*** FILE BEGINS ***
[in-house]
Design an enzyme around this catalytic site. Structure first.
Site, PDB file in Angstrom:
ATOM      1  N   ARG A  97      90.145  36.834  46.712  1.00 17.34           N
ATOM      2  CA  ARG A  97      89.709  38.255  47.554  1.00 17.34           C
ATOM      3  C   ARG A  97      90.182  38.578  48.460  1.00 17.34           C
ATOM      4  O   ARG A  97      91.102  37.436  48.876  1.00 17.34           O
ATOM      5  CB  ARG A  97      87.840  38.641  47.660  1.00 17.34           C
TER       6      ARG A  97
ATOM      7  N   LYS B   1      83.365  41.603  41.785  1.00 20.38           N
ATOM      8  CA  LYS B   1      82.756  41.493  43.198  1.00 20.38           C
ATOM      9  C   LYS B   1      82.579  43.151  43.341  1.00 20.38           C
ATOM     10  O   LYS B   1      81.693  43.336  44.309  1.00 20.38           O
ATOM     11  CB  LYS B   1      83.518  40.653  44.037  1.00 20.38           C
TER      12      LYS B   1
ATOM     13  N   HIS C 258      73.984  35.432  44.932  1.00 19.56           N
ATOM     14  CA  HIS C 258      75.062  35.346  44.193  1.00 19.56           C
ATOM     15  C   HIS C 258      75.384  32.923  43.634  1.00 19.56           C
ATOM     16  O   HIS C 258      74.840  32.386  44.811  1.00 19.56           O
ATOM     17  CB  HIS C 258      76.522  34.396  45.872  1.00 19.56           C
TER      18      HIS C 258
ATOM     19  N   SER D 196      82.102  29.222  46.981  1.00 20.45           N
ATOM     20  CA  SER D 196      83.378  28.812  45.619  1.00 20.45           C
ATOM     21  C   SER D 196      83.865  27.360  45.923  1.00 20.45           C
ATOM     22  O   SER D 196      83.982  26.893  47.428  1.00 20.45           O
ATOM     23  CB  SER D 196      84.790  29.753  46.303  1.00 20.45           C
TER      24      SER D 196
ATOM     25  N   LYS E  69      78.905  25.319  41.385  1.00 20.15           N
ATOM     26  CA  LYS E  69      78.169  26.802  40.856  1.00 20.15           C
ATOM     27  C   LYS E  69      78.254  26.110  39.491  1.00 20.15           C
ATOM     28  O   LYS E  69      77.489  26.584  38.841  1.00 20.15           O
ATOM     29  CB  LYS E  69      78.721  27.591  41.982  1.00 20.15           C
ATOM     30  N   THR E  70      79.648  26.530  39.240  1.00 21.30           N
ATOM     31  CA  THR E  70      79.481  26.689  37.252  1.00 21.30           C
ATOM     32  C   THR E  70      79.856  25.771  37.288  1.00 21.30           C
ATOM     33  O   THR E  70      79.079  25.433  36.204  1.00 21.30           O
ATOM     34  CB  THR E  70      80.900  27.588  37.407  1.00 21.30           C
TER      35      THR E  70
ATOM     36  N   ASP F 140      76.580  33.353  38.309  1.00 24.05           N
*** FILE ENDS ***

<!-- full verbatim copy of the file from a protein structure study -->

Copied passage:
[in-house]
Design an enzyme around this catalytic site. Structure first.
Site, PDB file in Angstrom:
ATOM      1  N   ARG A  97      90.145  36.834  46.712  1.00 17.34           N
ATOM      2  CA  ARG A  97      89.709  38.255  47.554  1.00 17.34           C
ATOM      3  C   ARG A  97      90.182  38.578  48.460  1.00 17.34           C
ATOM      4  O   ARG A  97      91.102  37.436  48.876  1.00 17.34           O
ATOM      5  CB  ARG A  97      87.840  38.641  47.660  1.00 17.34           C
TER       6      ARG A  97
ATOM      7  N   LYS B   1      83.365  41.603  41.785  1.00 20.38           N
ATOM      8  CA  LYS B   1      82.756  41.493  43.198  1.00 20.38           C
ATOM      9  C   LYS B   1      82.579  43.151  43.341  1.00 20.38           C
ATOM     10  O   LYS B   1      81.693  43.336  44.309  1.00 20.38           O
ATOM     11  CB  LYS B   1      83.518  40.653  44.037  1.00 20.38           C
TER      12      LYS B   1
ATOM     13  N   HIS C 258      73.984  35.432  44.932  1.00 19.56           N
ATOM     14  CA  HIS C 258      75.062  35.346  44.193  1.00 19.56           C
ATOM     15  C   HIS C 258      75.384  32.923  43.634  1.00 19.56           C
ATOM     16  O   HIS C 258      74.840  32.386  44.811  1.00 19.56           O
ATOM     17  CB  HIS C 258      76.522  34.396  45.872  1.00 19.56           C
TER      18      HIS C 258
ATOM     19  N   SER D 196      82.102  29.222  46.981  1.00 20.45           N
ATOM     20  CA  SER D 196      83.378  28.812  45.619  1.00 20.45           C
ATOM     21  C   SER D 196      83.865  27.360  45.923  1.00 20.45           C
ATOM     22  O   SER D 196      83.982  26.893  47.428  1.00 20.45           O
ATOM     23  CB  SER D 196      84.790  29.753  46.303  1.00 20.45           C
TER      24      SER D 196
ATOM     25  N   LYS E  69      78.905  25.319  41.385  1.00 20.15           N
ATOM     26  CA  LYS E  69      78.169  26.802  40.856  1.00 20.15           C
ATOM     27  C   LYS E  69      78.254  26.110  39.491  1.00 20.15           C
ATOM     28  O   LYS E  69      77.489  26.584  38.841  1.00 20.15           O
ATOM     29  CB  LYS E  69      78.721  27.591  41.982  1.00 20.15           C
ATOM     30  N   THR E  70      79.648  26.530  39.240  1.00 21.30           N
ATOM     31  CA  THR E  70      79.481  26.689  37.252  1.00 21.30           C
ATOM     32  C   THR E  70      79.856  25.771  37.288  1.00 21.30           C
ATOM     33  O   THR E  70      79.079  25.433  36.204  1.00 21.30           O
ATOM     34  CB  THR E  70      80.900  27.588  37.407  1.00 21.30           C
TER      35      THR E  70
ATOM     36  N   ASP F 140      76.580  33.353  38.309  1.00 24.05           N